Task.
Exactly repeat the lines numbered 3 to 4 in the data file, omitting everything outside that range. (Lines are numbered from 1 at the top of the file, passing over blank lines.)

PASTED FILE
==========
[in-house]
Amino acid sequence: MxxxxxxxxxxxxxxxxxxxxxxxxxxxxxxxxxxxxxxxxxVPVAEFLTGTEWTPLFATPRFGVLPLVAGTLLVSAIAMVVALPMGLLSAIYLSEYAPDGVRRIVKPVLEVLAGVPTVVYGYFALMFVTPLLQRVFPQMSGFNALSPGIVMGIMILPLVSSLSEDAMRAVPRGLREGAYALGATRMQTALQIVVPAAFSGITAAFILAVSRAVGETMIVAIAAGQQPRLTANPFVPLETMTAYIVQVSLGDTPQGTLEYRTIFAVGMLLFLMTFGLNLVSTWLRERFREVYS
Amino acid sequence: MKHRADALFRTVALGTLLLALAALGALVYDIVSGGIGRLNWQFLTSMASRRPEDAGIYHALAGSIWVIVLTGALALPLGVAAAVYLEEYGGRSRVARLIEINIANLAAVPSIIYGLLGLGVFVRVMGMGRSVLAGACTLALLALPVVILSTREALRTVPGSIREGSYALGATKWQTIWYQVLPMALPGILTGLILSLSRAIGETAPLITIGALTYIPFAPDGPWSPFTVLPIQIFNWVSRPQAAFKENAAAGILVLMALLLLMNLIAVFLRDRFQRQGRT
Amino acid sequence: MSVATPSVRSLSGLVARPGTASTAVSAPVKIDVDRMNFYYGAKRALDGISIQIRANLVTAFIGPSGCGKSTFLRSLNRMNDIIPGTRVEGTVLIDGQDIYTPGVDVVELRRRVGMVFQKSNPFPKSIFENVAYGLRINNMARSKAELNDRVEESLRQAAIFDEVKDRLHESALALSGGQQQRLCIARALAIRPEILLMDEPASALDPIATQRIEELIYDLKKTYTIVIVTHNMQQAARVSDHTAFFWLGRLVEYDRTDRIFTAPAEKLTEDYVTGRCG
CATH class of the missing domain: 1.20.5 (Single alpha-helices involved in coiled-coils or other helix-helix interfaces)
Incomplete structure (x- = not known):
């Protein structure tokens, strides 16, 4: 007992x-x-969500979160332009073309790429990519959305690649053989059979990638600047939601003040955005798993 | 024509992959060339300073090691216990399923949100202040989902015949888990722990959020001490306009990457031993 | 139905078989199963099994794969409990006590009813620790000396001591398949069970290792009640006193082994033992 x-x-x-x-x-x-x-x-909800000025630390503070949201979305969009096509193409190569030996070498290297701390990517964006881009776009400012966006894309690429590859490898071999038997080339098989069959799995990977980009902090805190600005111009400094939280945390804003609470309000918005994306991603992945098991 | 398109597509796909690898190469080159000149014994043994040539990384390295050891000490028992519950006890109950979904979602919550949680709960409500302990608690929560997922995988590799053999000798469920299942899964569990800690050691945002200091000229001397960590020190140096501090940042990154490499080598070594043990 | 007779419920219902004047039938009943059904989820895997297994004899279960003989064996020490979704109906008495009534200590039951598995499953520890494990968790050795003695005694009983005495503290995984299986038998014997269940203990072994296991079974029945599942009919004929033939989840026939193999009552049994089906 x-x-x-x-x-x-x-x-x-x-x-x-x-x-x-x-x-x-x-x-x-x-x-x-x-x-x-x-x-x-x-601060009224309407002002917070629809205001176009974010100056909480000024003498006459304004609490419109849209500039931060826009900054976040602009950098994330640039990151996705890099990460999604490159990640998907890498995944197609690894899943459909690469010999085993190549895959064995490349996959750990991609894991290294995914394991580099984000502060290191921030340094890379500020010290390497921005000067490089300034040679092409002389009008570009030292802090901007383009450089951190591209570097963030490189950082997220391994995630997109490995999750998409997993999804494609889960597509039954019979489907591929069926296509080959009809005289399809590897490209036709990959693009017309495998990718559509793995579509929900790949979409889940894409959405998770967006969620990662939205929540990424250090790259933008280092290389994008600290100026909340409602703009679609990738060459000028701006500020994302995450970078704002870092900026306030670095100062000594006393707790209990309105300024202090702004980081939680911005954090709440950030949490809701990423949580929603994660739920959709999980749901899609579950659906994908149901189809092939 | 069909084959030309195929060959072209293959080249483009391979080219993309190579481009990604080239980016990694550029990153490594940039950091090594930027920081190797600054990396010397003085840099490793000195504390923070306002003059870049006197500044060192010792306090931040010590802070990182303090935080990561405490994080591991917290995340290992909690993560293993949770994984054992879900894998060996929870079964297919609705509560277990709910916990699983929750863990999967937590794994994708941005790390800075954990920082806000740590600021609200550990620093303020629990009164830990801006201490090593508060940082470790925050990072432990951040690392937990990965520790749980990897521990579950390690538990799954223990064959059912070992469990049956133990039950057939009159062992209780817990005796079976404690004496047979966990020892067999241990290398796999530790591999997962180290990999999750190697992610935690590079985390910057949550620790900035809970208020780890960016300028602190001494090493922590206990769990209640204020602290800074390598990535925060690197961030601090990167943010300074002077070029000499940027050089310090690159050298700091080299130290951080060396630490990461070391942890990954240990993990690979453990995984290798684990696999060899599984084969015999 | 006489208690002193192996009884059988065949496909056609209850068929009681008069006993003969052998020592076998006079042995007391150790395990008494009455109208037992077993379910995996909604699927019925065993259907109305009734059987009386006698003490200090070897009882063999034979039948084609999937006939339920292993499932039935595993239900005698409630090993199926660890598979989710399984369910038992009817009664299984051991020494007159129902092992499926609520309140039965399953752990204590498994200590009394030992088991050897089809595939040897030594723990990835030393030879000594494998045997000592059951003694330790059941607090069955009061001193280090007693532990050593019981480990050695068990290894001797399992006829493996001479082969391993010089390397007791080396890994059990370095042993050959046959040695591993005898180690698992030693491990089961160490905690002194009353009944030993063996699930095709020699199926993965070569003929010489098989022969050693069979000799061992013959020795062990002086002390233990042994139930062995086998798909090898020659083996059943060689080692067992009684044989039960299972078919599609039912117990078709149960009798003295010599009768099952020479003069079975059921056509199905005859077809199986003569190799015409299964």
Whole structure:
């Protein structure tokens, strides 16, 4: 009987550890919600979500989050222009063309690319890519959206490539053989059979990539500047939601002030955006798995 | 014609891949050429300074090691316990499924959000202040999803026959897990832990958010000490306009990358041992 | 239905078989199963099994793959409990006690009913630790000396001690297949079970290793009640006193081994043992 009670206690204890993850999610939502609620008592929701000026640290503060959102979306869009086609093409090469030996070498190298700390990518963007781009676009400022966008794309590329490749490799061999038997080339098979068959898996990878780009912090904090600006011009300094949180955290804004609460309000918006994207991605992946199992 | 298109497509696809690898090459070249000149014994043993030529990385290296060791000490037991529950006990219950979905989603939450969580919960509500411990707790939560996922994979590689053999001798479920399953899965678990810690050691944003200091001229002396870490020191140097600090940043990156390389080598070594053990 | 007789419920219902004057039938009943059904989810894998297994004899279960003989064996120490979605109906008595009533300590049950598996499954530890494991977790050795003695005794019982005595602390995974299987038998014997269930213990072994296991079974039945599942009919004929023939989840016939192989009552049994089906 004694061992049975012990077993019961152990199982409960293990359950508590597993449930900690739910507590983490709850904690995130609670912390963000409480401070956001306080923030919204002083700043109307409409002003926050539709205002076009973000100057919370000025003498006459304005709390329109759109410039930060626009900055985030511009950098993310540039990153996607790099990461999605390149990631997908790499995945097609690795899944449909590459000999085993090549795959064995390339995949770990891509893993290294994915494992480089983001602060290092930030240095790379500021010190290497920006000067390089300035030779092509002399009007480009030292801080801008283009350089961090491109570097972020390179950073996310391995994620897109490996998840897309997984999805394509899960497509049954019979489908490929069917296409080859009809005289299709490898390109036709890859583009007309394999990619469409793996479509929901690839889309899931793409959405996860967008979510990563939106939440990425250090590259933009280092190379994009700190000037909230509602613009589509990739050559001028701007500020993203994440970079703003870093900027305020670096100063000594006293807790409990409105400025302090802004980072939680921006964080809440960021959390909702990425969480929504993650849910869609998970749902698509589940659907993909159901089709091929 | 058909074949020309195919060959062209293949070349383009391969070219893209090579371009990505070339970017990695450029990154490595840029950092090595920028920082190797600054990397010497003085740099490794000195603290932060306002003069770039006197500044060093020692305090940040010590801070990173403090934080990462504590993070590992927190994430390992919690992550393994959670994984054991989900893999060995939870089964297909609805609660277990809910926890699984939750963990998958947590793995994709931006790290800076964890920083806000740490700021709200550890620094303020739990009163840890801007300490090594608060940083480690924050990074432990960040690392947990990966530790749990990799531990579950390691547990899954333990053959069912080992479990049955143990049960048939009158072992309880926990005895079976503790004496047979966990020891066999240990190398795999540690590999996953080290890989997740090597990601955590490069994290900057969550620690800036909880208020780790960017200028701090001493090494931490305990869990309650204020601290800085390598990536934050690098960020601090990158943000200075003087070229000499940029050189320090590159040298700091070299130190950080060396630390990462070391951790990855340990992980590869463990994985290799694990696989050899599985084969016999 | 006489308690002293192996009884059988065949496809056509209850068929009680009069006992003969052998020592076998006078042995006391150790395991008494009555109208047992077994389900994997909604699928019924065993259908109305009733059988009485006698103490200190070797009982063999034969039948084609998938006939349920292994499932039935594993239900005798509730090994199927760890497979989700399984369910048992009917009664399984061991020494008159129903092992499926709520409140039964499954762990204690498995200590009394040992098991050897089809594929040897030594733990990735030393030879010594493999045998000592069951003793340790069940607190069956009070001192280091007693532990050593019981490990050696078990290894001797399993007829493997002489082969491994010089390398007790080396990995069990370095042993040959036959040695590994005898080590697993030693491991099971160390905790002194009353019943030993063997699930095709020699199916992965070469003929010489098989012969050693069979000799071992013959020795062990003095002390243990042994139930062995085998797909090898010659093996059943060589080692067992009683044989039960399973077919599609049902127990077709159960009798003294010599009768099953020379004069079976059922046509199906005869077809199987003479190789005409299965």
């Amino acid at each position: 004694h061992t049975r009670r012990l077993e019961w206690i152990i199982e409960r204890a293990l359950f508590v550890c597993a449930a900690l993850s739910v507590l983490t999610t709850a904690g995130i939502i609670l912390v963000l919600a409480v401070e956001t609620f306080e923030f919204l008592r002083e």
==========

Amino acid sequence: MKHRADALFRTVALGTLLLALAALGALVYDIVSGGIGRLNWQFLTSMASRRPEDAGIYHALAGSIWVIVLTGALALPLGVAAAVYLEEYGGRSRVARLIEINIANLAAVPSIIYGLLGLGVFVRVMGMGRSVLAGACTLALLALPVVILSTREALRTVPGSIREGSYALGATKWQTIWYQVLPMALPGILTGLILSLSRAIGETAPLITIGALTYIPFAPDGPWSPFTVLPIQIFNWVSRPQAAFKENAAAGILVLMALLLLMNLIAVFLRDRFQRQGRT
Amino acid sequence: MSVATPSVRSLSGLVARPGTASTAVSAPVKIDVDRMNFYYGAKRALDGISIQIRANLVTAFIGPSGCGKSTFLRSLNRMNDIIPGTRVEGTVLIDGQDIYTPGVDVVELRRRVGMVFQKSNPFPKSIFENVAYGLRINNMARSKAELNDRVEESLRQAAIFDEVKDRLHESALALSGGQQQRLCIARALAIRPEILLMDEPASALDPIATQRIEELIYDLKKTYTIVIVTHNMQQAARVSDHTAFFWLGRLVEYDRTDRIFTAPAEKLTEDYVTGRCG